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Clutter Control in 10 Steps

Our crash course for creating order in your house.

By Sarah Stebbins

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Cameron Sadeghpour
Bill Holt
Cameron Sadeghpour
Mark Lund
Wendell T. Webber
Greg Scheidemann
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Whether you have a basic cabinet or a floor-to-ceiling entertainment extravaganza, designate a drawer or bin for those video games, DVDs and CDs that get the most play, says Stephanie Vozza, author of The Five-Minute Mom's Club (Franklin Green). Sell the rest (try ebay.com) or recycle for free at a Best Buy store. Corral remotes in an open box or attach them to the inside of a cabinet door with adhesive Velcro, suggests Lorie Marrero, author of The Clutter Diet (Reason Press). Put the fuzzy, not the sticky, Velcro side on remotes so they don't catch on furniture and clothes. Feed cords—and label each one so you know which device it connects with—through the hole in the back of the cabinet or bundle them with clips to prevent tangles.

Tip: To cut back on clutter in the future, consider streaming music and using movies-on-demand.

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Junk Drawer

Even pro organizer Monica Ricci of HGTV's Mission Organization has a catchall spot in her kitchen. But it doesn't hold odds and ends—instead, it's for useful everyday items like screwdrivers, scissors, tape and rubber bands. Whip the space into shape by first weeding out trash (expired coupons, dried-up glue sticks), duplicates (screwdrivers numbers two and three) and things that don't belong (mascara, nail clippers). Categorize what's left and place neatly in different-sized trays.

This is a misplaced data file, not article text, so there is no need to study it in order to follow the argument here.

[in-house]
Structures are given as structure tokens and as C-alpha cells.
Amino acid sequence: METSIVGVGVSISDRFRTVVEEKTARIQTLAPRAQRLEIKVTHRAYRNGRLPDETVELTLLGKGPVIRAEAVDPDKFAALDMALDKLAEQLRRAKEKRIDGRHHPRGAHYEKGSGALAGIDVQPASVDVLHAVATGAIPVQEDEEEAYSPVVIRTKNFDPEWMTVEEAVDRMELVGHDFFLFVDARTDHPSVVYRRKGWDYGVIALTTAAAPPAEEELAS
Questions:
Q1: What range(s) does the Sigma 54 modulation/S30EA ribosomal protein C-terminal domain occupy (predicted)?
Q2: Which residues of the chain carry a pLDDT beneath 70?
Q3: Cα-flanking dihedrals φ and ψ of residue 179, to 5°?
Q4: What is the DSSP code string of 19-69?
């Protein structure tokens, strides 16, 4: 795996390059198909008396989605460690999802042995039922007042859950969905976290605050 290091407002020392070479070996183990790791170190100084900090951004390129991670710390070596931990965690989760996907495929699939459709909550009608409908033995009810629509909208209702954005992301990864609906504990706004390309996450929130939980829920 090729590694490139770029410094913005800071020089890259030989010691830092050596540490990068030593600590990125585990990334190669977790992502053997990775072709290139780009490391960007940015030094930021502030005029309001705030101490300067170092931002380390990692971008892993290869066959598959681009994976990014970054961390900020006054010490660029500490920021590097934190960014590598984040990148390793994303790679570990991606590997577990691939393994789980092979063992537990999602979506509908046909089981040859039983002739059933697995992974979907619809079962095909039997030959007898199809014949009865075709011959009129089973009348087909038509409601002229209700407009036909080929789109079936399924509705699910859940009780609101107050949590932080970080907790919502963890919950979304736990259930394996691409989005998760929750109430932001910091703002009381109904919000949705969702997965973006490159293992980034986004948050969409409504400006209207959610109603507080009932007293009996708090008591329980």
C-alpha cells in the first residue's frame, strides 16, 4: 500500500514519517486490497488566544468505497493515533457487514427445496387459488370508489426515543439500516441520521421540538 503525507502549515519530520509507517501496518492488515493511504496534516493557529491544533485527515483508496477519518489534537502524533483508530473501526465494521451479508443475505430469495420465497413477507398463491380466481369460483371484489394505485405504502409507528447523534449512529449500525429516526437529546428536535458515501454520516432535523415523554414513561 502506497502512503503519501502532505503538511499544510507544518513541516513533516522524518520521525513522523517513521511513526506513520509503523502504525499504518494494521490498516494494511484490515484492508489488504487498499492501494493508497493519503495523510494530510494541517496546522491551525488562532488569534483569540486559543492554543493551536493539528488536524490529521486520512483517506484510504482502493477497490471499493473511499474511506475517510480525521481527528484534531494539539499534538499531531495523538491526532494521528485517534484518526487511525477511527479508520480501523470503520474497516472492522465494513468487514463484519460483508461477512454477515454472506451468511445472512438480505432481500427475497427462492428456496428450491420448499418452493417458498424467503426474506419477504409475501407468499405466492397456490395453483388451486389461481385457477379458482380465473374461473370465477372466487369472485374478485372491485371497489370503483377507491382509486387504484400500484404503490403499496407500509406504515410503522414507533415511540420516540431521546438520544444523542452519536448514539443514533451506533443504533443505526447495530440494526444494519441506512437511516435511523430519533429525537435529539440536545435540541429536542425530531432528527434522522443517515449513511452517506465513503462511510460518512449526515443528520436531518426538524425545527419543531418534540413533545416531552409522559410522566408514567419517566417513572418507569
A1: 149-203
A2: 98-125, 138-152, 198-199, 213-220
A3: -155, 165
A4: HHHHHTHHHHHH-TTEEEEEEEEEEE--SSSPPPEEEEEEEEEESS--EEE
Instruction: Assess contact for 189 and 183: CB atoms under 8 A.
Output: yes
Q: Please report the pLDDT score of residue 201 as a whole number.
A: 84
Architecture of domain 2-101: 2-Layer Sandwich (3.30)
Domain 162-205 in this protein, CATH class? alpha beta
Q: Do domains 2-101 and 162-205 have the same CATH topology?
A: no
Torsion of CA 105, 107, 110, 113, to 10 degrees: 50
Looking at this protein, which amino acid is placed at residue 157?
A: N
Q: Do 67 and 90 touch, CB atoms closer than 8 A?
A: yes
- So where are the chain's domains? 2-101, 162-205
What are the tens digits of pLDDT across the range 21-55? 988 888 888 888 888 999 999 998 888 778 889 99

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Broom closet

A typical utility closet—one shelf, one bar—isn't up to the task of storing lots of cleaners and long-handled tools. The fix? Max out the vertical space. Instead of standing brooms and mops on end, hang them along with other items on a rack mounted on the back of the door or inside. If the vacuum has a loose hose, wrap it around a large hook installed on the wall above where it sits.

Arrange frequently used cleaners in a portable caddy and stash it, along with everything else—bucket, vacuum cleaner bags, waxes and polishes—on the top shelf or on stacking wire shelves that you can configure to fit your space.

Tip: Hang a mesh bag for cleaning rags so you won?t have to fold and stack them.

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Bathroom Sink Cabinet